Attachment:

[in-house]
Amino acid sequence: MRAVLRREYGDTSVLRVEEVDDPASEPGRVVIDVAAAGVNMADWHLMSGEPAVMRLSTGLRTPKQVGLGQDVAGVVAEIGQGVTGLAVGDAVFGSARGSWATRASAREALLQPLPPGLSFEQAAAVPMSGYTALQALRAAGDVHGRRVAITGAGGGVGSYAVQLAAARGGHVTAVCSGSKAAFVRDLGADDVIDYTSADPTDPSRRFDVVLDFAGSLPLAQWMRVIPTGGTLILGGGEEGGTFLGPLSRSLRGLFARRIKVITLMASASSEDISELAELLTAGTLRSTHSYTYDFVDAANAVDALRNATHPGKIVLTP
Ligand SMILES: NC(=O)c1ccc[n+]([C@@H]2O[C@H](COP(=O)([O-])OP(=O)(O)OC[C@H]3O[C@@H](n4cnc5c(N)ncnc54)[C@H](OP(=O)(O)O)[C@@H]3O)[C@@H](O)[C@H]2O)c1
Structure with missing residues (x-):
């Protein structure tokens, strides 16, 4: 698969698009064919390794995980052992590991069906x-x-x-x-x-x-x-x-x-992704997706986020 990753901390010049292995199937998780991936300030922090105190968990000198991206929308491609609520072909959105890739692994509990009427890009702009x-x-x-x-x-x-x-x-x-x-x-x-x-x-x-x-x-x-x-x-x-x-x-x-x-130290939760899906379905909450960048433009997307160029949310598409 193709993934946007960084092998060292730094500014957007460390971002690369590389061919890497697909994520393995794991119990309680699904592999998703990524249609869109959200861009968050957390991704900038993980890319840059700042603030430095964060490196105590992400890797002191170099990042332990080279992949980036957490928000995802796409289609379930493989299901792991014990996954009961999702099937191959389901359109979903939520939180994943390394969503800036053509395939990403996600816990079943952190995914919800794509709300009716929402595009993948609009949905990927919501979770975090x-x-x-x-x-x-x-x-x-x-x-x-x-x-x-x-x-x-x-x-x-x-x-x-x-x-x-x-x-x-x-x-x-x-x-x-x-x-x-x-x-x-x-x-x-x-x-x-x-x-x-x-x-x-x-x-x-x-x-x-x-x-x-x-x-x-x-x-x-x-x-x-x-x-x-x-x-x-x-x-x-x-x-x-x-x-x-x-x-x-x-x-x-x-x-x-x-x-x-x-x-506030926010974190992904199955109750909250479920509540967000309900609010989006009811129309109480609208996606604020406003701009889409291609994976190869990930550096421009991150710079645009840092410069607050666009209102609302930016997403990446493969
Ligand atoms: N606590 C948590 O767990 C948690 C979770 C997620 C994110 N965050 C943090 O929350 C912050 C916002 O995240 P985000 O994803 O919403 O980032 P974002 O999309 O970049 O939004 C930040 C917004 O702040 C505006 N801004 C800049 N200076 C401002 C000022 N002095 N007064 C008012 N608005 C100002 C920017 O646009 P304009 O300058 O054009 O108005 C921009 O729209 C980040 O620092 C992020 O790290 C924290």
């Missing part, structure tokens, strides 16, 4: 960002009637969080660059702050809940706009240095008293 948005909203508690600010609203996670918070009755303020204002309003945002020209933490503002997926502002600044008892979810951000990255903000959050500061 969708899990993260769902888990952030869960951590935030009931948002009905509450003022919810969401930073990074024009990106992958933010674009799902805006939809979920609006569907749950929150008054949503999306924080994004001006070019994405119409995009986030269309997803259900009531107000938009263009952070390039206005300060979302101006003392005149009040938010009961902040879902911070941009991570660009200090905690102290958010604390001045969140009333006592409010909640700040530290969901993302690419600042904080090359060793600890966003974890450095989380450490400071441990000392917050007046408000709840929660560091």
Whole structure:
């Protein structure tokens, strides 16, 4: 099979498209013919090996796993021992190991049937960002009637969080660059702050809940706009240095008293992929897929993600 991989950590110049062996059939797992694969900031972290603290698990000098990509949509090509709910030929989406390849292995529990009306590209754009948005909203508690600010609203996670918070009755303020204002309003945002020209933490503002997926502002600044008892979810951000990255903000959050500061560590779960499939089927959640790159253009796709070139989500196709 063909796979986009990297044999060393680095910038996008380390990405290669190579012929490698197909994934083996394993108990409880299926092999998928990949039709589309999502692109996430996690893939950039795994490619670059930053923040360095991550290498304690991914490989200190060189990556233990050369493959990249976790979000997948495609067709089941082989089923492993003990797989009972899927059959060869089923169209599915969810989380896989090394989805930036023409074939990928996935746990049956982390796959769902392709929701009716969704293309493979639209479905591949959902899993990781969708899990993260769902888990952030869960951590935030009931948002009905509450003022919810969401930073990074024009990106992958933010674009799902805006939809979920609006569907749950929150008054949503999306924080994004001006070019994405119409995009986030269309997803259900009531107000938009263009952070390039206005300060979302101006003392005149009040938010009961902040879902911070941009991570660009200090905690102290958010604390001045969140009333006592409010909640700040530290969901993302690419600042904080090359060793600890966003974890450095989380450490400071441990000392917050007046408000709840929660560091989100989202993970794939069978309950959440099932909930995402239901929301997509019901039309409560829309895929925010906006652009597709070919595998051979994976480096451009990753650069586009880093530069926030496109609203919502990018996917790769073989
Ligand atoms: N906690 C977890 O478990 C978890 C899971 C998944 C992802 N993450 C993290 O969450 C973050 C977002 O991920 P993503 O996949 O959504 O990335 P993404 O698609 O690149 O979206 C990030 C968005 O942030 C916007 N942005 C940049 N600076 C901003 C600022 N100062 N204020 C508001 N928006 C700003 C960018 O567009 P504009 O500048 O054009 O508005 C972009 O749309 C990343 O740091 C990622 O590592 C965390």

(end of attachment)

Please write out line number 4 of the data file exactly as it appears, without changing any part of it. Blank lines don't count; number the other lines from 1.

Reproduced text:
Structure with missing residues (x-):